There is a never-ending debate about whether a supervisor or an institution is more important. I have been lucky enough to secure the supervision of a very well respected academic in my field at a very well respected university (both in general and in my field). But you need to apply to a department with an academic who you know has the subject expertise to supervise your project for 3 years - if for no other reason than you won't get an offer of a place without someone able to supervise you.

    What you should be doing now:

    1. Begin work on a research proposal. I'm sure you know by now what interests you and what you think needs to be researched in your particular field. So start reading around that topic more and thinking about methodology.

    2. Research potential supervisors, and make email contact with the ones you think would be promising. It can just be a short email explaining that you are planning on applying to do a PhD in topic X, you have become familiar with their work and feel that they might be a good supervisor for your project, and would they mind taking a look at a draft of your proposal to see if they would be interested in being your supervisor should you apply.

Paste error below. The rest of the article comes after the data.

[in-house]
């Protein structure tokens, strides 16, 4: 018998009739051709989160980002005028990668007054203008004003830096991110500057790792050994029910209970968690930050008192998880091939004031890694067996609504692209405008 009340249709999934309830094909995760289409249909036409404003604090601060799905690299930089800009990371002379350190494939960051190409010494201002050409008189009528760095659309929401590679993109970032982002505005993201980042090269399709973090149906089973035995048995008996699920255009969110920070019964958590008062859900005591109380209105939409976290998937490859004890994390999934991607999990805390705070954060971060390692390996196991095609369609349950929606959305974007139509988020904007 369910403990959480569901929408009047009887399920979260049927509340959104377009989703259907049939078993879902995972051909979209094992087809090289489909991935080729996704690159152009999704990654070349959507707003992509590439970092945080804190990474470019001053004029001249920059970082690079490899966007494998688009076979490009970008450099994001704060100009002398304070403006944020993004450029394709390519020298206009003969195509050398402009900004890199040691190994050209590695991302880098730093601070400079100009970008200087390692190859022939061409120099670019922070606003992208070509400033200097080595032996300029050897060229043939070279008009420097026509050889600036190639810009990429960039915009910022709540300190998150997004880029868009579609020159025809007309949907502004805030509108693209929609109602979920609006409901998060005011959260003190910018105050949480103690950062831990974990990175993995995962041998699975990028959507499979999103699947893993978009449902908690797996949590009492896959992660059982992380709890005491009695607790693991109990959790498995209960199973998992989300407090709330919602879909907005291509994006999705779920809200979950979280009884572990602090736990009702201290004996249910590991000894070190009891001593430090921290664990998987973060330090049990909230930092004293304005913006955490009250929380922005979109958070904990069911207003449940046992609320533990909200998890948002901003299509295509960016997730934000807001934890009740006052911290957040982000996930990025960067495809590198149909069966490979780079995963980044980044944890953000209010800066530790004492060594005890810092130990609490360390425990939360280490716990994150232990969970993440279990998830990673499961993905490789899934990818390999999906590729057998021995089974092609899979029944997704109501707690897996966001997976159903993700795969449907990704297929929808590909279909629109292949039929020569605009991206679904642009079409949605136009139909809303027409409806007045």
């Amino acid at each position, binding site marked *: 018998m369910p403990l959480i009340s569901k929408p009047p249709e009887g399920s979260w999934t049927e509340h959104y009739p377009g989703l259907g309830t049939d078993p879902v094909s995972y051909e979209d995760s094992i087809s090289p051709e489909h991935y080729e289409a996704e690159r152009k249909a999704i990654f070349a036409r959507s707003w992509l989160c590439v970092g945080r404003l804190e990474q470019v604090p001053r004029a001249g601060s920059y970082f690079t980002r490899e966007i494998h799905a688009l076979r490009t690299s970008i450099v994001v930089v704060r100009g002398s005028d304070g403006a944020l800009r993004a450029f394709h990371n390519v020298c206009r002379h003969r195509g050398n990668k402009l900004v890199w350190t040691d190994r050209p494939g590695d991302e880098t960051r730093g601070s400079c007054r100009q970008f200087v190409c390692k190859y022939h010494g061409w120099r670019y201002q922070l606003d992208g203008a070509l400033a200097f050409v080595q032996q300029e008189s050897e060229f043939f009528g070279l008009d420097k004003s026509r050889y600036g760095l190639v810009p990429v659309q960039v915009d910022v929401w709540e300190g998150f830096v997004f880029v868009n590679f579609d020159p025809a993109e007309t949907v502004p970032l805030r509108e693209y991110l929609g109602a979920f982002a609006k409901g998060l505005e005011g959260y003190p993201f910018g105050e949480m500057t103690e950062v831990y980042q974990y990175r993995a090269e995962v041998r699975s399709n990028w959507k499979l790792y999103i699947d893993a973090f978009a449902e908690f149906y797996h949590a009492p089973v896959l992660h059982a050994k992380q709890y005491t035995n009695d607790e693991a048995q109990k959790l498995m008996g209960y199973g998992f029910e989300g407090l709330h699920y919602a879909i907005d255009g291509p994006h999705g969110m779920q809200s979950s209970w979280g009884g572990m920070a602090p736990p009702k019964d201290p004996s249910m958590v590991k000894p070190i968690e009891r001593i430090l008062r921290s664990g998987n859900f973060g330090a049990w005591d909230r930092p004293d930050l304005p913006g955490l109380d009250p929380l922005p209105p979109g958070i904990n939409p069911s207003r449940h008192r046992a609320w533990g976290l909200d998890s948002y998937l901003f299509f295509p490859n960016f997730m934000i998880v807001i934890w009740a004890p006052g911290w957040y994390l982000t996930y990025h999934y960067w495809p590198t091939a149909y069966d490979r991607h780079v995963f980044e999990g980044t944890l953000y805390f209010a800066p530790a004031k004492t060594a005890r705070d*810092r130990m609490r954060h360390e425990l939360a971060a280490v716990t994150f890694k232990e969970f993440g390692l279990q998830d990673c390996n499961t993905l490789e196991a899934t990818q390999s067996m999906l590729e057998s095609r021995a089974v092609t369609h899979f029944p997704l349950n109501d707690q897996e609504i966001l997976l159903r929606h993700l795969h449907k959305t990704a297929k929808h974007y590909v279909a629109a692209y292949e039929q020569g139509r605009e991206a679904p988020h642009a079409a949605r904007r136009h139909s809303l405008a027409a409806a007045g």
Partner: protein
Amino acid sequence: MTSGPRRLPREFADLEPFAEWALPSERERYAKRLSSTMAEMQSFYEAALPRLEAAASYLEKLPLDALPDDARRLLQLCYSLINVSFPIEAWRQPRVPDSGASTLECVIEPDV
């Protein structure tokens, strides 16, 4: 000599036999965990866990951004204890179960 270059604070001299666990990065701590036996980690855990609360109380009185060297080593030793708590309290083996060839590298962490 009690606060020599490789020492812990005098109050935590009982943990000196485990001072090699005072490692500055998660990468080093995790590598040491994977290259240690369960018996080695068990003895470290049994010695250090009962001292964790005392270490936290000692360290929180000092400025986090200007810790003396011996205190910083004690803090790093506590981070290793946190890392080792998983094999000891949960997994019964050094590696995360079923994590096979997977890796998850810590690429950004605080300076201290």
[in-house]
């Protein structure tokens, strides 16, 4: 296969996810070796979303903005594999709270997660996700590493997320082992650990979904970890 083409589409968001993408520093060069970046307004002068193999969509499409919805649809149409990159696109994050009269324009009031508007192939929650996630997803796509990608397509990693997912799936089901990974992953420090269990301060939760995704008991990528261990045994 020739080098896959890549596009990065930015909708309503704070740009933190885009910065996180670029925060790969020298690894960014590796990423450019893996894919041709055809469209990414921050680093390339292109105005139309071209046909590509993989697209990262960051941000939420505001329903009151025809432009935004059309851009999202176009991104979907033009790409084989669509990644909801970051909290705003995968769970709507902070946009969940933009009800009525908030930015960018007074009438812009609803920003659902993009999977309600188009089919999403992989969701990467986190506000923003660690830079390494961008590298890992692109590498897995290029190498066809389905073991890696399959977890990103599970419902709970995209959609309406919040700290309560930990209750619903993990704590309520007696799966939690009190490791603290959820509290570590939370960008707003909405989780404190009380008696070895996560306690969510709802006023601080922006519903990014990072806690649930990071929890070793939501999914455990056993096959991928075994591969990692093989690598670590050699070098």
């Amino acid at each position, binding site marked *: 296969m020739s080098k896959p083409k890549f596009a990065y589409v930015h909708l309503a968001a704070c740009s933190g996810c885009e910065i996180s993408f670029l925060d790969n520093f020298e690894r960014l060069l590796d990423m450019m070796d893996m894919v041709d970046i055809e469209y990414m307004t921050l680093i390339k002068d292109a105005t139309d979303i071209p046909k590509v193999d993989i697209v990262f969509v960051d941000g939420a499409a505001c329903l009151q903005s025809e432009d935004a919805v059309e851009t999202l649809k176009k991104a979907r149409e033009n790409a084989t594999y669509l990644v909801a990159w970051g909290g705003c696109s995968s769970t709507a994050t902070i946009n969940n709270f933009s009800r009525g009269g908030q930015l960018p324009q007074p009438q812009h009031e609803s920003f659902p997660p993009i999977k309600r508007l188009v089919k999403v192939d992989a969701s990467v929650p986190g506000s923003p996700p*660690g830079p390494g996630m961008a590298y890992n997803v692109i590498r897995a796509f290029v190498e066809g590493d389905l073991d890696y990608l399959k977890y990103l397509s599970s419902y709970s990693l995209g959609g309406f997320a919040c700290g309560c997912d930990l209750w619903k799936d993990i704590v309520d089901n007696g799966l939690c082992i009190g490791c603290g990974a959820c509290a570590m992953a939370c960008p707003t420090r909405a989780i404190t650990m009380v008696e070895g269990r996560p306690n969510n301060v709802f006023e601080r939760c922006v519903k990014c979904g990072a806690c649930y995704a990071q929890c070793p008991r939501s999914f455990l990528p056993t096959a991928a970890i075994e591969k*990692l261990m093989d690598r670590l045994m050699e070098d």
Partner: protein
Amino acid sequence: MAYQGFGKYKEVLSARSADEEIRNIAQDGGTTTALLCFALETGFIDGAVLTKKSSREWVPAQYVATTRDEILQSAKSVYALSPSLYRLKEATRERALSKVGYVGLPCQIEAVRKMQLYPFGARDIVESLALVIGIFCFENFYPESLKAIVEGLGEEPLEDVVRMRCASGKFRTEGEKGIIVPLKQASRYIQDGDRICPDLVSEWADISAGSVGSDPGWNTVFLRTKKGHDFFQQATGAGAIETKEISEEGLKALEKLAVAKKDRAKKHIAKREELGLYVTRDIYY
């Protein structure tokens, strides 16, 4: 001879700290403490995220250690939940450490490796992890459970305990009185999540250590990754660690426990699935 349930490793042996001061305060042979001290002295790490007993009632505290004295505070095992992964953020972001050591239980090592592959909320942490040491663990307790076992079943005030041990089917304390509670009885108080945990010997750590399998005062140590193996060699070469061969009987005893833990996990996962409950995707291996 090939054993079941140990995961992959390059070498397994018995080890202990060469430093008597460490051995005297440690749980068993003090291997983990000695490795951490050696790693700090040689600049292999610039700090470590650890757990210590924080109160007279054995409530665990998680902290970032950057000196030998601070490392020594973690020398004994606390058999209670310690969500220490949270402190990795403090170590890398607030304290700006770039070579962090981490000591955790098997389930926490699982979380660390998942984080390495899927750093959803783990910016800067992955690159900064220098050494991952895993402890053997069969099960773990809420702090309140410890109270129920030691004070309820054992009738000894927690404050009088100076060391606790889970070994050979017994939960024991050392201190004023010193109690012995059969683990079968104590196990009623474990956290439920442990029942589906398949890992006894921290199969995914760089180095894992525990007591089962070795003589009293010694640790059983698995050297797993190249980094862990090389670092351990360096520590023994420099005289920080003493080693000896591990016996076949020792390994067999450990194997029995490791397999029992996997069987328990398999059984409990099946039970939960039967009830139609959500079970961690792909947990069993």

3. Make a list of supervisors, institutions, and funding opportunities available to you including deadlines for both - many institutions have rolling deadlines for PhDs but some have strict deadlines in Nov/Dec/Jan. It is much easier to gain admission to do a PhD than to get funding. ESRC is the main funding body for Political Science, but many institutions also have departmental scholarships. but it's important to stay on-top of deadlines.

    4. Come up with a contingency funding plan - not a CDL as I don't think they are for PhDs. If you're applying for entry in 2015 this gives you a year to save some money. Funding is increasingly scarce and it's a good idea to have a rainy-day fund to get you through the first year at least if you don't get funding.

    These, I would say, are the most important things to begin working on now. If you have any questions then feel free to ask

    Good luck!